Hank Johnson is the most gifted orator in the universe.
Last Thursday, the Democratic Congressman from Georgia raised an extremely important topic on the House floor: ensuring universal access to helium. In a pun-fueled diatribe, Rep. Johnson asked the chamber to imagine a world without balloons, a frightening realm devoid of helium where comedians cannot make their voices high-pitched and where children’s birthday parties will never be the same. Frankly, he described a world not worth living in:
For those unfamiliar with his work, Hank Johnson is the wise statesman who opined in a Congressional session in March 2010 that too many troops deployed to the island of Guam could cause it to tip over and capsize:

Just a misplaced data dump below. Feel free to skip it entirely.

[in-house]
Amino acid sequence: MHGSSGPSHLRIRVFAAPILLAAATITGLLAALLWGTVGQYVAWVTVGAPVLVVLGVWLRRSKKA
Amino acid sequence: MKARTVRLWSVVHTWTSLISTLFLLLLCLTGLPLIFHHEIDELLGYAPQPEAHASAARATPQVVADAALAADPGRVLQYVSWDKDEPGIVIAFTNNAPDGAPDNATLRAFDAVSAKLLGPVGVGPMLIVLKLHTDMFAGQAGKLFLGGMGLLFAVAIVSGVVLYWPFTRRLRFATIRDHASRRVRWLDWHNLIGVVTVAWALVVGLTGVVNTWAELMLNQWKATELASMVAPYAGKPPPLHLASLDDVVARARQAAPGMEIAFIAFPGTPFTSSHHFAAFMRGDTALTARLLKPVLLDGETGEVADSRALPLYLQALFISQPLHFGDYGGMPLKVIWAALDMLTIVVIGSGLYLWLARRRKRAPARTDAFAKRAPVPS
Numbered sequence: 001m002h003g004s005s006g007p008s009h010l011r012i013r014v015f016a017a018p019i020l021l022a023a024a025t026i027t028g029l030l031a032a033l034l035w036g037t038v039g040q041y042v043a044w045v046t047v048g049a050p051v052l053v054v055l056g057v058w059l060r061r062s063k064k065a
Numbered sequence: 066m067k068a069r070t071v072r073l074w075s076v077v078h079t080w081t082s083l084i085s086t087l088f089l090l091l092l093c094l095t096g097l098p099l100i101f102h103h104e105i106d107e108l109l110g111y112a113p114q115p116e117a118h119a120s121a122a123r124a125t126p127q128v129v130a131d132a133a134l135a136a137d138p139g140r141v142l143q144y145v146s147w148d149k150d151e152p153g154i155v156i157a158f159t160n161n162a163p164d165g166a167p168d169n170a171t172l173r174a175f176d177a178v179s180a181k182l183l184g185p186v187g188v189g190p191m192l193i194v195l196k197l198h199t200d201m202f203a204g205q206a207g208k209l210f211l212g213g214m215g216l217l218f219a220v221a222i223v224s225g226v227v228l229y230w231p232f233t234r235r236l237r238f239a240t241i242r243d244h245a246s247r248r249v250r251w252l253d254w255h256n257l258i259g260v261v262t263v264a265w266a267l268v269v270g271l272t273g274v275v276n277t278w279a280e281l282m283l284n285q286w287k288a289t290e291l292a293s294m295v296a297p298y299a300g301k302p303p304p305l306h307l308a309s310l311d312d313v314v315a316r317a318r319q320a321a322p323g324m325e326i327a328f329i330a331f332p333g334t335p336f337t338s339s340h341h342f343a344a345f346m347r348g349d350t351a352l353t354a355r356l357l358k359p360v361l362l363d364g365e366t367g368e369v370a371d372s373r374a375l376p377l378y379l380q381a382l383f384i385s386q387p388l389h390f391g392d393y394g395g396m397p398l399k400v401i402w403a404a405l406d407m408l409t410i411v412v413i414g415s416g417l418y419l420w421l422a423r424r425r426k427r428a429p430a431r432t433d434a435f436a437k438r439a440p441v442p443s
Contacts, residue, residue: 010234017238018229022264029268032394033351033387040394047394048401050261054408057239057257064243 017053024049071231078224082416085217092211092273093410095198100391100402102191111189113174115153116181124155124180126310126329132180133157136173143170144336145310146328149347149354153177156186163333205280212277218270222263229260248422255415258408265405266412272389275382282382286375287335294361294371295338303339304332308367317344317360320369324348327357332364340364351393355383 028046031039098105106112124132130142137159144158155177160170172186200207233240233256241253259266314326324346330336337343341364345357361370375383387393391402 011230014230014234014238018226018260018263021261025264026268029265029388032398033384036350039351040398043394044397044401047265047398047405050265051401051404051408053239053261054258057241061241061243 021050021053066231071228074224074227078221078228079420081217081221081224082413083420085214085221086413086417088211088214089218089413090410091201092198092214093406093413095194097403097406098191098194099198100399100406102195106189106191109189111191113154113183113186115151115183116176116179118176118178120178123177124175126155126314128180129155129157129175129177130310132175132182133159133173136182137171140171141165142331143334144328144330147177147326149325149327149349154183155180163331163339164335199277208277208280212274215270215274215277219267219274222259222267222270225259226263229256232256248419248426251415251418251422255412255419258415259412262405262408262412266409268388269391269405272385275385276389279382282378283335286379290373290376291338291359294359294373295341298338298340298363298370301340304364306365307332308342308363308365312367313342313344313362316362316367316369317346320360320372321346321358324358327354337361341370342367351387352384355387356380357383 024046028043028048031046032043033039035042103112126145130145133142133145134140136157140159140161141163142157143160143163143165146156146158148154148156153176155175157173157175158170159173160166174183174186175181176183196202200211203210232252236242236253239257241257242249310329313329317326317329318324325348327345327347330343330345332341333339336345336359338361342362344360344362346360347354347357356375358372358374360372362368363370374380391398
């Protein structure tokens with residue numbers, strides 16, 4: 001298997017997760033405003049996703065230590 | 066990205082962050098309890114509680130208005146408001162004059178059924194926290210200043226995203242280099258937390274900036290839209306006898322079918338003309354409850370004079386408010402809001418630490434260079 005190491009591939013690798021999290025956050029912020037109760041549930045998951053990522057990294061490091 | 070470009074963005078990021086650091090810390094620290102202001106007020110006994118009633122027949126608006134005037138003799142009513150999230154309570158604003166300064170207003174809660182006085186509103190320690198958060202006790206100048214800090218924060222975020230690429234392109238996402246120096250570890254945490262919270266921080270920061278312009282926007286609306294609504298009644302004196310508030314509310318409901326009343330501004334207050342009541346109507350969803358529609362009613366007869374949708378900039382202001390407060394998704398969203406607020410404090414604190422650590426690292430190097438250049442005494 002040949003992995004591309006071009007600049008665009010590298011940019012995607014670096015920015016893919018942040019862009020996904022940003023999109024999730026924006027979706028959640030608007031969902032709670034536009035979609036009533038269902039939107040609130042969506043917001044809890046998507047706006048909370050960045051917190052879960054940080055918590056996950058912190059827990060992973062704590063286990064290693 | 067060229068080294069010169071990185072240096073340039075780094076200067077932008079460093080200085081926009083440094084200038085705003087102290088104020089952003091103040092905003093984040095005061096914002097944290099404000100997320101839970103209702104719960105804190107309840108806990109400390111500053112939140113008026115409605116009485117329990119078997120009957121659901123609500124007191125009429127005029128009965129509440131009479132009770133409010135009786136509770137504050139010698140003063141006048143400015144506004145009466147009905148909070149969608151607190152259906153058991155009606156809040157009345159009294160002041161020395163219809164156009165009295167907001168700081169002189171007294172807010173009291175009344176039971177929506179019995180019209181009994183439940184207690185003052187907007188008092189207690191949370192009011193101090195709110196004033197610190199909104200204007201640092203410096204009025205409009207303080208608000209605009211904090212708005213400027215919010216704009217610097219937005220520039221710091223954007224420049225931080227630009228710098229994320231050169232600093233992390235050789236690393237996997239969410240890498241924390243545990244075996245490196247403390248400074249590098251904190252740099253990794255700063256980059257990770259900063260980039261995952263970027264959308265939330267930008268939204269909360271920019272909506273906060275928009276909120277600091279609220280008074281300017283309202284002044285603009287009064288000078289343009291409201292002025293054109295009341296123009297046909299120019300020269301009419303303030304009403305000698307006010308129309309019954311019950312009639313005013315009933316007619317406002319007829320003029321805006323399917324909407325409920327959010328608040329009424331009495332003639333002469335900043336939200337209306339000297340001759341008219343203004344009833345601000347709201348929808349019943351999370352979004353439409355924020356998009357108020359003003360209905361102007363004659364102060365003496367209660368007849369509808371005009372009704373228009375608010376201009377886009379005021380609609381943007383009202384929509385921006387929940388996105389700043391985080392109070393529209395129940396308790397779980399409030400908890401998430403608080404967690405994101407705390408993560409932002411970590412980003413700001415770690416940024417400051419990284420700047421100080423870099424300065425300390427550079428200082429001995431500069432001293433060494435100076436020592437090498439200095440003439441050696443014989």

And the hits keep on coming.
While a balloon-less dystopia and an inverted islet are indeed troubling and warrant further attention, we feel it necessary to showcase another one of the Congressman’s finer moments.
On December 12, 2012, Rep. Hank Johnson addressed a mostly empty House chamber to denounce Michigan’s new right-to-work legislation. Searching for the right metaphor, the staunch pro-union advocate compared everyday workers to “midgets” struggling in a world run by “giants.” I’m sure he left the Capitol building that night feeling good about his speech.
The next day, he reappeared on the House floor to apologize for using the word “midget” so many times, referring to it as the “M-word” instead.
Take a look at clips from Hank Johnson’s notorious “M-word” speech intercut with his apology the next day. They seem to go well together:
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